JUNEAU — Gov. Sean Parnell has proposed an additional $32.7 million for the proposed Susitna-Watana hydro project, but that is contingent upon the Alaska Energy Authority securing land access permits required for field studies and other work.
AEA is the group pursuing the massive project between Anchorage and Fairbanks.
Parnell proposed the funding as part of his amended supplemental budget for the current fiscal year. The dam funding brings the total supplemental package — which typically includes unforeseen or unexpected costs — to about $86 million. This year’s package also includes funding for things like fire suppression and disaster relief associated with flooding last year.
AEA had wanted $110 million to complete its initial study report and prepare its license application for the Federal Energy Regulatory Commission during the upcoming fiscal year. Parnell included $10 million in next year’s budget, saying he wanted to see greater progress on the land access agreements.
Parnell’s budget director, Karen Rehfeld, presented the budget amendments for this year and next to lawmakers on Thursday.
In the House Finance Committee, Rep. Lindsey Holmes, R-Anchorage, asked if putting the $32.7 million in the supplemental, versus next year’s budget, was a bit of a “shell game,” because it wouldn’t count against any spending cap for next year. Rehfeld said if AEA gets the land access permits, it would have about $30 million left in existing appropriations. If Parnell’s budget requests are approved, AEA would have an additional $42.7 million, which Rehfeld said should allow AEA to get through the next fiscal year.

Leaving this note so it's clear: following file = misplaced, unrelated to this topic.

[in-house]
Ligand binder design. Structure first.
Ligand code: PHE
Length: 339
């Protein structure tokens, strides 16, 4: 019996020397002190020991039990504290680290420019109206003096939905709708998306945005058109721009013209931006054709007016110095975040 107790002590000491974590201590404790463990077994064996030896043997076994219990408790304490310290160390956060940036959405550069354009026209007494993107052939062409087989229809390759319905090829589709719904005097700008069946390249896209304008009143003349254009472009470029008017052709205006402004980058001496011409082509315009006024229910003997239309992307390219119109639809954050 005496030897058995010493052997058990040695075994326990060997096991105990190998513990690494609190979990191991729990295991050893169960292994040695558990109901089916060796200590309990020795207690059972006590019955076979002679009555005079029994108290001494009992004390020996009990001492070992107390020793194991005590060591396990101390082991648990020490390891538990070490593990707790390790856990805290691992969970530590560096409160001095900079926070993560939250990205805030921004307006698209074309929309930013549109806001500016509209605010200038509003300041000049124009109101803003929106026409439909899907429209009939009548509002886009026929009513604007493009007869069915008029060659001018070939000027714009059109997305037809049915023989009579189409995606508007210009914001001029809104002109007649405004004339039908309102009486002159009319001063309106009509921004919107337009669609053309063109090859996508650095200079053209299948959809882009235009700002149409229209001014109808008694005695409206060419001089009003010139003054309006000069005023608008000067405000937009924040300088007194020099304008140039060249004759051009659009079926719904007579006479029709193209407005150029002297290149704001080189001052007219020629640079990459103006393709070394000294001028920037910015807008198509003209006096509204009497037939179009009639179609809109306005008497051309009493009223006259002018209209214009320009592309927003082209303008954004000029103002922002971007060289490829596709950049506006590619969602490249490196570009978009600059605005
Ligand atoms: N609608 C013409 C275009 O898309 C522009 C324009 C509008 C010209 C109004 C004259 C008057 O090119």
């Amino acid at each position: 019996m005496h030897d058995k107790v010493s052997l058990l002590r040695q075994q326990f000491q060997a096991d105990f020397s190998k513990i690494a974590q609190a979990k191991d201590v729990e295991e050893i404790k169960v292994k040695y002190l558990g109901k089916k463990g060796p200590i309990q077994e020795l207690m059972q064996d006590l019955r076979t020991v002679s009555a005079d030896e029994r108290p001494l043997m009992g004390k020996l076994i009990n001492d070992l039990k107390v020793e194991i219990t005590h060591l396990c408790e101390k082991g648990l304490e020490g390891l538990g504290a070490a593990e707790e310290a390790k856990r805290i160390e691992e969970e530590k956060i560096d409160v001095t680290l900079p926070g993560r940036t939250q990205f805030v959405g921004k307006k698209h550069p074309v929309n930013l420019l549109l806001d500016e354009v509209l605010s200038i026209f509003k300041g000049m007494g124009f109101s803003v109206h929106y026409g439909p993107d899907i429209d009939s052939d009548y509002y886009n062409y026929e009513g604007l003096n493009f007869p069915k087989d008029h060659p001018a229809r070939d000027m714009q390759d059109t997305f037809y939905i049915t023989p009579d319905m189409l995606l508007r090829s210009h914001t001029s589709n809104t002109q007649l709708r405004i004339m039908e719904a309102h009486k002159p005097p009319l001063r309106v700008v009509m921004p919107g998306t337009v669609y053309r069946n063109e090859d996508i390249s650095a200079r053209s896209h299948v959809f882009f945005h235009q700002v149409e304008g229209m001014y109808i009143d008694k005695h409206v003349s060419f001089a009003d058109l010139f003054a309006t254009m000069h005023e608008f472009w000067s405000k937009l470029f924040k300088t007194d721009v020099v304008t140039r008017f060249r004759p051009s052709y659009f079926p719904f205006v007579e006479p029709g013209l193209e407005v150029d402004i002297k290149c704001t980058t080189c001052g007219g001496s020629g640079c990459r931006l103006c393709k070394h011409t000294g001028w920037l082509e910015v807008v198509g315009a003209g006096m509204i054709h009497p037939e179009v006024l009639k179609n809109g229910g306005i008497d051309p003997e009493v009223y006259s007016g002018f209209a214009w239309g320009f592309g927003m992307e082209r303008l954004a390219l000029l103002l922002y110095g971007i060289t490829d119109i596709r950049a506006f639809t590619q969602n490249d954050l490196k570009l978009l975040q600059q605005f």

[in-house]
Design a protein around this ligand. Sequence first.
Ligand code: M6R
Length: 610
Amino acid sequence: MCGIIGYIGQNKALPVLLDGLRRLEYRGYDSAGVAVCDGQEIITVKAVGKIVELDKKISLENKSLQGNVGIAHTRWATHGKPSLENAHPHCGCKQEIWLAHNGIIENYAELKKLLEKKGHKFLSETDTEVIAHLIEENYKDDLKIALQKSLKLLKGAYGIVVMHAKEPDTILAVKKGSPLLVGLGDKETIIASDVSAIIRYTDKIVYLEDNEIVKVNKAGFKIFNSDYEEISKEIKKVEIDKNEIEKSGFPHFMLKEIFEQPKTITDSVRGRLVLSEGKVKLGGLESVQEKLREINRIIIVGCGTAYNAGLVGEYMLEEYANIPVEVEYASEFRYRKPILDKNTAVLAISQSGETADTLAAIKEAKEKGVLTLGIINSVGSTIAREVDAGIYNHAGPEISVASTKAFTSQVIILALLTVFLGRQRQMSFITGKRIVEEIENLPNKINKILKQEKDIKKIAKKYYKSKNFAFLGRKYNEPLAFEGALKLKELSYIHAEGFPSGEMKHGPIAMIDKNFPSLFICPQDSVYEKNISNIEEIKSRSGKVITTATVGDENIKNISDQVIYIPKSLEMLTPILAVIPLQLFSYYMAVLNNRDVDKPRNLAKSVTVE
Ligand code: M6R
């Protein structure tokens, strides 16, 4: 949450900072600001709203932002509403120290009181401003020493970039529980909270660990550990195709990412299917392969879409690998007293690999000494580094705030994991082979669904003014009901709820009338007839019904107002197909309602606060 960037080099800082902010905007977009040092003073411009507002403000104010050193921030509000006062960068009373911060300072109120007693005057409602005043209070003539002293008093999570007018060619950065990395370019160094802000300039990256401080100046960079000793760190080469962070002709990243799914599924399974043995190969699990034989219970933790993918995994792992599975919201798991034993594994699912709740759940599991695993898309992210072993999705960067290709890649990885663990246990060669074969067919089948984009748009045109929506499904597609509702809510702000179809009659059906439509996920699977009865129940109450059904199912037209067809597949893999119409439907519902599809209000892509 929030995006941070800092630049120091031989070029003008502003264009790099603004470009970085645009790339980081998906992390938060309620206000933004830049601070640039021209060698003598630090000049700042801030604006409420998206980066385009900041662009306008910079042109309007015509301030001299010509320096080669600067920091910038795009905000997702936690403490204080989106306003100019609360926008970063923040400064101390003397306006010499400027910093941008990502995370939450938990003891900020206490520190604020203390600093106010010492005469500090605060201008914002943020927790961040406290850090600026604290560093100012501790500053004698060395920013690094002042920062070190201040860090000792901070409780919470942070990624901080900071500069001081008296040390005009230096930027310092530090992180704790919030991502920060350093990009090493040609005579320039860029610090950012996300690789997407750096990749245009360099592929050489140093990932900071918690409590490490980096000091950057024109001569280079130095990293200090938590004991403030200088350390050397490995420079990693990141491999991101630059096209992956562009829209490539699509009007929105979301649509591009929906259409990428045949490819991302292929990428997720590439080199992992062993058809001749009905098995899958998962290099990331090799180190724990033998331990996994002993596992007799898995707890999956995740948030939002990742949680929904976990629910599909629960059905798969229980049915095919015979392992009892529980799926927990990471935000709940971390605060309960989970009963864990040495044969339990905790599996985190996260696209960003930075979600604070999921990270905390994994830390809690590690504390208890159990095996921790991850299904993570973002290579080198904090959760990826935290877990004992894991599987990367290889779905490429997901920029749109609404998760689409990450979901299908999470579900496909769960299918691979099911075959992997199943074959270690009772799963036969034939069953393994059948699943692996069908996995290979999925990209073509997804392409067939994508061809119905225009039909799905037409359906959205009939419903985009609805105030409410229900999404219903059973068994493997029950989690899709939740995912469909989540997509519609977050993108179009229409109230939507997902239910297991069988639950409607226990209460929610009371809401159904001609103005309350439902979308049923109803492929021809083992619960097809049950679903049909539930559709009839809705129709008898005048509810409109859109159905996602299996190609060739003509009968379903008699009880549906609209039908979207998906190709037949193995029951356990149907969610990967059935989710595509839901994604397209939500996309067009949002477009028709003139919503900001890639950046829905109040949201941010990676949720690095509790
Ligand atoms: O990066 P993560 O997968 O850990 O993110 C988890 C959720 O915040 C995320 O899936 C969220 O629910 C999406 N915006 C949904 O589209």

If the project remains on track, there would need to be another year of funding to get to the licensing application period, she said. If that’s successful, there would need to be money for pre-engineering or engineering.
Holmes said she wanted to dig into the details more to know how the money would be spent and if it should be in this year’s budget or next year’s.
Rep. Bryce Edgmon, D-Dillingham, said he wanted to know why so much money was going toward the project when it was still, in his view, sort of “still on the back of the napkin, in some respects.” In recent years, the state has provided more than $170 million toward the project.
Rehfeld said AEA has an approved study plan so it’s more advanced than that. Edgmon later revised his comment, to say Susitna was “still on the drawing board.”
Rehfeld said she appreciated the discussion, which begins to get at how much decision-makers are comfortable spending overall and how priorities are funded within that amount. She said the administration is trying to keep its amendments and budget proposals as low as possible. But she said Susitna is considered a priority project and the administration believes the project should continue.
Committee co-chair Alan Austerman tried to keep discussion on the amendments. He said he didn’t want to get into a debate on one project versus another, like Susitna and a gas pipeline project, at this point. He said debate on project merits can come later, such as when the budgets or gas line bill are in front of the committee.
According to the Susitna-Watana project website, the project would be capable of generating half the Railbelt’s electricity when it comes online. Critics worry about the impact the dam could have on things like salmon and river levels and flow. They also contend the major gas line project the state is pursuing would make the dam unnecessary.
AEA spokeswoman Emily Ford said by email that the $32.7 million would allow AEA to continue its environmental study efforts this year, including studies dealing with fisheries.
She said an additional $73 million will be needed to advance the project to FERC license application, reflected as a funding need for 2016, according to information provided the committee. The document also shows that, upon obtaining a FERC license, $245 million would be needed for engineering work.